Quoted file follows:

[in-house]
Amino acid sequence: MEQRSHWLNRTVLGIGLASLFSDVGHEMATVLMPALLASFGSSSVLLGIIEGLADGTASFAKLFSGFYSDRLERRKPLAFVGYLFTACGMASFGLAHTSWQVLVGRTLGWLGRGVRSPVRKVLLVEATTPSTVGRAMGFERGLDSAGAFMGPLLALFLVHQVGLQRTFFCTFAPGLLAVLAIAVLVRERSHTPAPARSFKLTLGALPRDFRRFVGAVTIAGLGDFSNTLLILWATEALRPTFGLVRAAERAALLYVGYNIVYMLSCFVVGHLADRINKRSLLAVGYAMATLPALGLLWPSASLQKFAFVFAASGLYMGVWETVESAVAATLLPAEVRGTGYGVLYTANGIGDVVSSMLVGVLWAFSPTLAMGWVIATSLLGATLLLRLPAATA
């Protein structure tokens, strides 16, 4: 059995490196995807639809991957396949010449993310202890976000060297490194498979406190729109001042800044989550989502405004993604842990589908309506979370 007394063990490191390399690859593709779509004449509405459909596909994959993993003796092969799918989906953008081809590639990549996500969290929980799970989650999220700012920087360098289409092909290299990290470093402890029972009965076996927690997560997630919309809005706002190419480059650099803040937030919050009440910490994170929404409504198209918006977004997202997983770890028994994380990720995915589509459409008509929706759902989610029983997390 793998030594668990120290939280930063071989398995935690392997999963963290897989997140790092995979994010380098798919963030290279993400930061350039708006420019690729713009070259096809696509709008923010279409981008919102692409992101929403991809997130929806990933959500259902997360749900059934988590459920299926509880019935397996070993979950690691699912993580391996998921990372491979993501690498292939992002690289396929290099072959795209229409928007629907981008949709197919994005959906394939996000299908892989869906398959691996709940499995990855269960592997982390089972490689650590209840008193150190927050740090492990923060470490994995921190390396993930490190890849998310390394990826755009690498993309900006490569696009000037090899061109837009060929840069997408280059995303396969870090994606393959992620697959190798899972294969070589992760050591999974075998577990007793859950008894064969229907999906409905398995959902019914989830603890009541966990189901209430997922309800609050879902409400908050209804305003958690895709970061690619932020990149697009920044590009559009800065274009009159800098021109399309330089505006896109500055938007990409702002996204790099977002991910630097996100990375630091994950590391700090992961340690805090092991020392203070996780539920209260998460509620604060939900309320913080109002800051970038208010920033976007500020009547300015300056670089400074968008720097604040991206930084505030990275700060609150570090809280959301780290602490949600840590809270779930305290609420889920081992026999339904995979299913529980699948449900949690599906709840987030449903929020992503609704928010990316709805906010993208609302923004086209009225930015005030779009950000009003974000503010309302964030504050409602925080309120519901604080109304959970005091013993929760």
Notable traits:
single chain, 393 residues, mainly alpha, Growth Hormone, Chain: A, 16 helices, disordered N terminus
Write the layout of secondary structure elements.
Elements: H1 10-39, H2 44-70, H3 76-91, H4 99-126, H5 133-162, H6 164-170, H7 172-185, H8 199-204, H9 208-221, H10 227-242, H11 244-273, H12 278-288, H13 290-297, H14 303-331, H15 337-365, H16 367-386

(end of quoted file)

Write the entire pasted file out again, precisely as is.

[in-house]
Amino acid sequence: MEQRSHWLNRTVLGIGLASLFSDVGHEMATVLMPALLASFGSSSVLLGIIEGLADGTASFAKLFSGFYSDRLERRKPLAFVGYLFTACGMASFGLAHTSWQVLVGRTLGWLGRGVRSPVRKVLLVEATTPSTVGRAMGFERGLDSAGAFMGPLLALFLVHQVGLQRTFFCTFAPGLLAVLAIAVLVRERSHTPAPARSFKLTLGALPRDFRRFVGAVTIAGLGDFSNTLLILWATEALRPTFGLVRAAERAALLYVGYNIVYMLSCFVVGHLADRINKRSLLAVGYAMATLPALGLLWPSASLQKFAFVFAASGLYMGVWETVESAVAATLLPAEVRGTGYGVLYTANGIGDVVSSMLVGVLWAFSPTLAMGWVIATSLLGATLLLRLPAATA
């Protein structure tokens, strides 16, 4: 059995490196995807639809991957396949010449993310202890976000060297490194498979406190729109001042800044989550989502405004993604842990589908309506979370 007394063990490191390399690859593709779509004449509405459909596909994959993993003796092969799918989906953008081809590639990549996500969290929980799970989650999220700012920087360098289409092909290299990290470093402890029972009965076996927690997560997630919309809005706002190419480059650099803040937030919050009440910490994170929404409504198209918006977004997202997983770890028994994380990720995915589509459409008509929706759902989610029983997390 793998030594668990120290939280930063071989398995935690392997999963963290897989997140790092995979994010380098798919963030290279993400930061350039708006420019690729713009070259096809696509709008923010279409981008919102692409992101929403991809997130929806990933959500259902997360749900059934988590459920299926509880019935397996070993979950690691699912993580391996998921990372491979993501690498292939992002690289396929290099072959795209229409928007629907981008949709197919994005959906394939996000299908892989869906398959691996709940499995990855269960592997982390089972490689650590209840008193150190927050740090492990923060470490994995921190390396993930490190890849998310390394990826755009690498993309900006490569696009000037090899061109837009060929840069997408280059995303396969870090994606393959992620697959190798899972294969070589992760050591999974075998577990007793859950008894064969229907999906409905398995959902019914989830603890009541966990189901209430997922309800609050879902409400908050209804305003958690895709970061690619932020990149697009920044590009559009800065274009009159800098021109399309330089505006896109500055938007990409702002996204790099977002991910630097996100990375630091994950590391700090992961340690805090092991020392203070996780539920209260998460509620604060939900309320913080109002800051970038208010920033976007500020009547300015300056670089400074968008720097604040991206930084505030990275700060609150570090809280959301780290602490949600840590809270779930305290609420889920081992026999339904995979299913529980699948449900949690599906709840987030449903929020992503609704928010990316709805906010993208609302923004086209009225930015005030779009950000009003974000503010309302964030504050409602925080309120519901604080109304959970005091013993929760």
Notable traits:
single chain, 393 residues, mainly alpha, Growth Hormone, Chain: A, 16 helices, disordered N terminus
Write the layout of secondary structure elements.
Elements: H1 10-39, H2 44-70, H3 76-91, H4 99-126, H5 133-162, H6 164-170, H7 172-185, H8 199-204, H9 208-221, H10 227-242, H11 244-273, H12 278-288, H13 290-297, H14 303-331, H15 337-365, H16 367-386